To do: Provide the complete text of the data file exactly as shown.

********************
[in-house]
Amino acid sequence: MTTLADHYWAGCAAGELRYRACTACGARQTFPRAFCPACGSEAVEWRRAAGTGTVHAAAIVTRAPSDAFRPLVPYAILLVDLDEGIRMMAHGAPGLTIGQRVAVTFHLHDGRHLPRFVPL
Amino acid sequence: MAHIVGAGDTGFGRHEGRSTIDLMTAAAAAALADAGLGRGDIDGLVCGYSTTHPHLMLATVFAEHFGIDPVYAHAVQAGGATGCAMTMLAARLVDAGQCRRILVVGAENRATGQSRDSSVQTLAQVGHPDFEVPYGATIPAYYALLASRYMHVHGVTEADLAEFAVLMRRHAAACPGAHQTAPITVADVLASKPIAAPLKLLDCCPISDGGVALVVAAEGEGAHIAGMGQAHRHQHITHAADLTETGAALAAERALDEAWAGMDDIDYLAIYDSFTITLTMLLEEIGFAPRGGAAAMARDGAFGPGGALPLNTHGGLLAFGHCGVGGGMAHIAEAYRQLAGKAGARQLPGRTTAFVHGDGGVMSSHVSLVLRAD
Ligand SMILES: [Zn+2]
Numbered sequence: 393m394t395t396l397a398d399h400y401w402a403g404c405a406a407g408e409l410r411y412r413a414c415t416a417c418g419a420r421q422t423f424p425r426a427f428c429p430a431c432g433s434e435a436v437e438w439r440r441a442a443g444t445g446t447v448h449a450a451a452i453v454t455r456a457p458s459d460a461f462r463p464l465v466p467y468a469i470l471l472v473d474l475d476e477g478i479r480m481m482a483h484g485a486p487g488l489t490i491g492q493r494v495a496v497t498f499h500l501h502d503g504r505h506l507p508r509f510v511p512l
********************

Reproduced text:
[in-house]
Amino acid sequence: MTTLADHYWAGCAAGELRYRACTACGARQTFPRAFCPACGSEAVEWRRAAGTGTVHAAAIVTRAPSDAFRPLVPYAILLVDLDEGIRMMAHGAPGLTIGQRVAVTFHLHDGRHLPRFVPL
Amino acid sequence: MAHIVGAGDTGFGRHEGRSTIDLMTAAAAAALADAGLGRGDIDGLVCGYSTTHPHLMLATVFAEHFGIDPVYAHAVQAGGATGCAMTMLAARLVDAGQCRRILVVGAENRATGQSRDSSVQTLAQVGHPDFEVPYGATIPAYYALLASRYMHVHGVTEADLAEFAVLMRRHAAACPGAHQTAPITVADVLASKPIAAPLKLLDCCPISDGGVALVVAAEGEGAHIAGMGQAHRHQHITHAADLTETGAALAAERALDEAWAGMDDIDYLAIYDSFTITLTMLLEEIGFAPRGGAAAMARDGAFGPGGALPLNTHGGLLAFGHCGVGGGMAHIAEAYRQLAGKAGARQLPGRTTAFVHGDGGVMSSHVSLVLRAD
Ligand SMILES: [Zn+2]
Numbered sequence: 393m394t395t396l397a398d399h400y401w402a403g404c405a406a407g408e409l410r411y412r413a414c415t416a417c418g419a420r421q422t423f424p425r426a427f428c429p430a431c432g433s434e435a436v437e438w439r440r441a442a443g444t445g446t447v448h449a450a451a452i453v454t455r456a457p458s459d460a461f462r463p464l465v466p467y468a469i470l471l472v473d474l475d476e477g478i479r480m481m482a483h484g485a486p487g488l489t490i491g492q493r494v495a496v497t498f499h500l501h502d503g504r505h506l507p508r509f510v511p512l